Monday, March 8, 2010

A Conversation with Tara Cooper

Tara Cooper is currently exhibiting "Off-Season" at LOOP Gallery until March 21, 2010. Our conversation was based on a preview of her work during installation.

Ingrid Mida: Based on what you wrote for your blog post, I almost expected to see a portrait of your very hip 95 year old grandmother. Is she on the video by any chance?

Tara Cooper:  My grandmother is featured on the video. Essentially, it is a 3-channel split screen, extremely close-up image of her with very little movement. I think of it as a time-based portrait.

Ingrid Mida:  Was your grandmother at the opening? If not, have you shown her any of these images? If so, what did she say?

Tara Cooper: My grandmother couldn’t make it for the opening, as she is still in Florida. She had some concerns over showing her “wrinkly face”, but she was also very excited to be the protagonist of the show. I think it really lifted her spirits, and gave us a chance to reconnect. Nothing beats being the star of the show!

Ingrid:  What is your first memory of your grandmother?

Tara:  My first memories of my grandmother are visiting her at her house/cottage on Lake Huron, near Point Clark, Ontario during the summers. I often spent two weeks or more with her at the lake. There were few children around—most of the properties in that area were owned by retired couples. As a result, I spent a lot of time with my grandmother and by myself. My grandfather was still employed at the Bank of Commerce. Sometimes we would pick wild raspberries and make jam, but I also helped her in the garden (she definitely has a “green thumb”). She also taught me how to knit and sew. One of our projects involved making a teddy bear with moving appendages (a real classic “teddy”). Other memories include a set of brown ceramic dishes that were reserved for using down at the beach, and eating pan-fried yellow zucchini from the garden with lots of butter.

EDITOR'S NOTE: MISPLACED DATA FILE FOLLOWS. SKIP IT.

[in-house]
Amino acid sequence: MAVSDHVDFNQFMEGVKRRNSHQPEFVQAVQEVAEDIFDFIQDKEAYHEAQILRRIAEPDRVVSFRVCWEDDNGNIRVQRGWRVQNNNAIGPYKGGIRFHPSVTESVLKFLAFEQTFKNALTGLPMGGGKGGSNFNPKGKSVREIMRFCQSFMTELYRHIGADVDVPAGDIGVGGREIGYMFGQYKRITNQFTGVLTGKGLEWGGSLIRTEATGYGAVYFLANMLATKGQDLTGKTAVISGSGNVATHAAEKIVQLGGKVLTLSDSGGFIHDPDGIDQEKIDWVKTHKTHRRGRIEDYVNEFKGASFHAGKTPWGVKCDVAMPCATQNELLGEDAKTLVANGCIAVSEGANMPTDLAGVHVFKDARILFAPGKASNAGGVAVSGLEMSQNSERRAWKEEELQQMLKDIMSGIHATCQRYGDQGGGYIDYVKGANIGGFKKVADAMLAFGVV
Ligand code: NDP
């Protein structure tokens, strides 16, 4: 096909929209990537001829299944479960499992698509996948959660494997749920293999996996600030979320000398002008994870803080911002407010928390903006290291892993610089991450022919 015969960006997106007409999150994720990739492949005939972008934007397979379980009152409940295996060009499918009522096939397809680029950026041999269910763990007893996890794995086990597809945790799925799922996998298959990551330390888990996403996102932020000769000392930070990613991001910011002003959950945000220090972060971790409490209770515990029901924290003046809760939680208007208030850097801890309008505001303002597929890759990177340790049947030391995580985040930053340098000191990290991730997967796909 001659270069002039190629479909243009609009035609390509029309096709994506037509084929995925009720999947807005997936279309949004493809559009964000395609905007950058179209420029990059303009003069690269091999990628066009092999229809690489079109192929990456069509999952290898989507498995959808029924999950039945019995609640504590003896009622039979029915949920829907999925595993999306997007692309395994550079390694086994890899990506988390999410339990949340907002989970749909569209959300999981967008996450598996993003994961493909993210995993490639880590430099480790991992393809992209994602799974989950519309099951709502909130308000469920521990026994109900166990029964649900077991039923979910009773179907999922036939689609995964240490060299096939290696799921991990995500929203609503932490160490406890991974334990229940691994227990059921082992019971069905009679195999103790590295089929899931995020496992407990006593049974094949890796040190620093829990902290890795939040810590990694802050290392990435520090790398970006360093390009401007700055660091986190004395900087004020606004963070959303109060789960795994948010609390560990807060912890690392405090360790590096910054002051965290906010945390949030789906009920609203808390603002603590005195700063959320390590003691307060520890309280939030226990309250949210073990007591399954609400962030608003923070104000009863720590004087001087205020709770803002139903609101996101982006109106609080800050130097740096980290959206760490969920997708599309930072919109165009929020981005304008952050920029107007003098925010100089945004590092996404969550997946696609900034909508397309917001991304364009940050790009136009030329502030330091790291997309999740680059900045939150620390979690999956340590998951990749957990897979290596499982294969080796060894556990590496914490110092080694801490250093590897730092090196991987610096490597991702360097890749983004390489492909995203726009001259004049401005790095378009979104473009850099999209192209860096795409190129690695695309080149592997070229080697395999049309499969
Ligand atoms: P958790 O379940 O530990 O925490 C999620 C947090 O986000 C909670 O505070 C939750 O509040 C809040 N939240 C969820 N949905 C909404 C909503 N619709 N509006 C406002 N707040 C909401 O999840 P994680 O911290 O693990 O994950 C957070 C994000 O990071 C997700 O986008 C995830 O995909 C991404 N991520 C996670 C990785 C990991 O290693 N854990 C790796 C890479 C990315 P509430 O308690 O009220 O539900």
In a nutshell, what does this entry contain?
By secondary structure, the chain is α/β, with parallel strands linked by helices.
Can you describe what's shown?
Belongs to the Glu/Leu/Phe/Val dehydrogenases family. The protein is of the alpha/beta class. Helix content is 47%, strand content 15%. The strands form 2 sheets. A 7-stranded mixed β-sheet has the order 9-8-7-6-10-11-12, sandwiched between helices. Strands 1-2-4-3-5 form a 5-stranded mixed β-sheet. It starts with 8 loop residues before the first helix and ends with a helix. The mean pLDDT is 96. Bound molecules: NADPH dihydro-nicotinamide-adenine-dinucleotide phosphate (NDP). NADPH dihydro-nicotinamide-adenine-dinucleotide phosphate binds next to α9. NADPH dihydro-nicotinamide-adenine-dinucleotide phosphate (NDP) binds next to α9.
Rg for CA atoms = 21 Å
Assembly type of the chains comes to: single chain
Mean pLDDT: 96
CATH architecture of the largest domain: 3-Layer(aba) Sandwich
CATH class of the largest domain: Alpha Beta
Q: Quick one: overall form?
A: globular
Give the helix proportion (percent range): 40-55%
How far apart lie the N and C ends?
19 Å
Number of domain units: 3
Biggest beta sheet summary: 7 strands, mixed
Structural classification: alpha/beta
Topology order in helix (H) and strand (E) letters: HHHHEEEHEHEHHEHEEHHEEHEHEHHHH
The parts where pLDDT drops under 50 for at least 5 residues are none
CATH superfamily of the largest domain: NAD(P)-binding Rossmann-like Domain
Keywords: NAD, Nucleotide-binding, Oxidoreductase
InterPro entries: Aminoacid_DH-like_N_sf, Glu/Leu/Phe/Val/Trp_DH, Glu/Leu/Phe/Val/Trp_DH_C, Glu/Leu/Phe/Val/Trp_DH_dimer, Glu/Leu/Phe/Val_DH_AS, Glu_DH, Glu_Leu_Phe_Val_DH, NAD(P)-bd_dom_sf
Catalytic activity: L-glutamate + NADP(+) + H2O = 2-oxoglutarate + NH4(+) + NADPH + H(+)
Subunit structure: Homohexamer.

Ingrid: For some reason, I was surprised at the size of the drawings/paintings along the back wall. I sort of imagined them as much bigger than they were. What medium did you use? Ink with watercolour? Or perhaps acrylic on paper?

Tara: The drawings on the back wall are all water-based media with a combination of digital printing. Some of the drawings are printed digitally (using the 9800 Epson/same as the bungalows), and others are shown more directly with the medium on frosted mylar. The drawings that I wanted to change and alter were scanned and then re-worked using Photoshop. The ones on mylar include a mix of Caran d’Ache crayons, watercolour, graphite and gouache. 

Ingrid Mida: The photographs of the Florida houses have a sense of loneliness or isolation in them. I suppose I felt that because there is an absence of the human figure in them. Am I reading that correctly? Is that the feeling you intended to evoke?